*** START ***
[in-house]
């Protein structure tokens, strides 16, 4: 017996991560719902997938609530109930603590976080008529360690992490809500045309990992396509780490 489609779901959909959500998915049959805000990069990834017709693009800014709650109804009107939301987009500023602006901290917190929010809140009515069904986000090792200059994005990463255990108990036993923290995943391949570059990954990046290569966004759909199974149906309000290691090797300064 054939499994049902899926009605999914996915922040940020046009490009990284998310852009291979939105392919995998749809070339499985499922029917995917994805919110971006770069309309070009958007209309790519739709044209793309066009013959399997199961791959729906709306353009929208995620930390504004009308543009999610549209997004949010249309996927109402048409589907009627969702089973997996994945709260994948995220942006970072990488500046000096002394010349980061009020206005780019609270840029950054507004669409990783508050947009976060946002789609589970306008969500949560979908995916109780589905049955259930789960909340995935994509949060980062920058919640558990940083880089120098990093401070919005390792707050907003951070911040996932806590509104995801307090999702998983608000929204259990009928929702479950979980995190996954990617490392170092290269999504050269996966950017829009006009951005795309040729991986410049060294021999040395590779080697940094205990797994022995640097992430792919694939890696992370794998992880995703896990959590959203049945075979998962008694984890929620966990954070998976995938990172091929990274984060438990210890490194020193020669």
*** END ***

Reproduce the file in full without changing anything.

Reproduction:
[in-house]
């Protein structure tokens, strides 16, 4: 017996991560719902997938609530109930603590976080008529360690992490809500045309990992396509780490 489609779901959909959500998915049959805000990069990834017709693009800014709650109804009107939301987009500023602006901290917190929010809140009515069904986000090792200059994005990463255990108990036993923290995943391949570059990954990046290569966004759909199974149906309000290691090797300064 054939499994049902899926009605999914996915922040940020046009490009990284998310852009291979939105392919995998749809070339499985499922029917995917994805919110971006770069309309070009958007209309790519739709044209793309066009013959399997199961791959729906709306353009929208995620930390504004009308543009999610549209997004949010249309996927109402048409589907009627969702089973997996994945709260994948995220942006970072990488500046000096002394010349980061009020206005780019609270840029950054507004669409990783508050947009976060946002789609589970306008969500949560979908995916109780589905049955259930789960909340995935994509949060980062920058919640558990940083880089120098990093401070919005390792707050907003951070911040996932806590509104995801307090999702998983608000929204259990009928929702479950979980995190996954990617490392170092290269999504050269996966950017829009006009951005795309040729991986410049060294021999040395590779080697940094205990797994022995640097992430792919694939890696992370794998992880995703896990959590959203049945075979998962008694984890929620966990954070998976995938990172091929990274984060438990210890490194020193020669």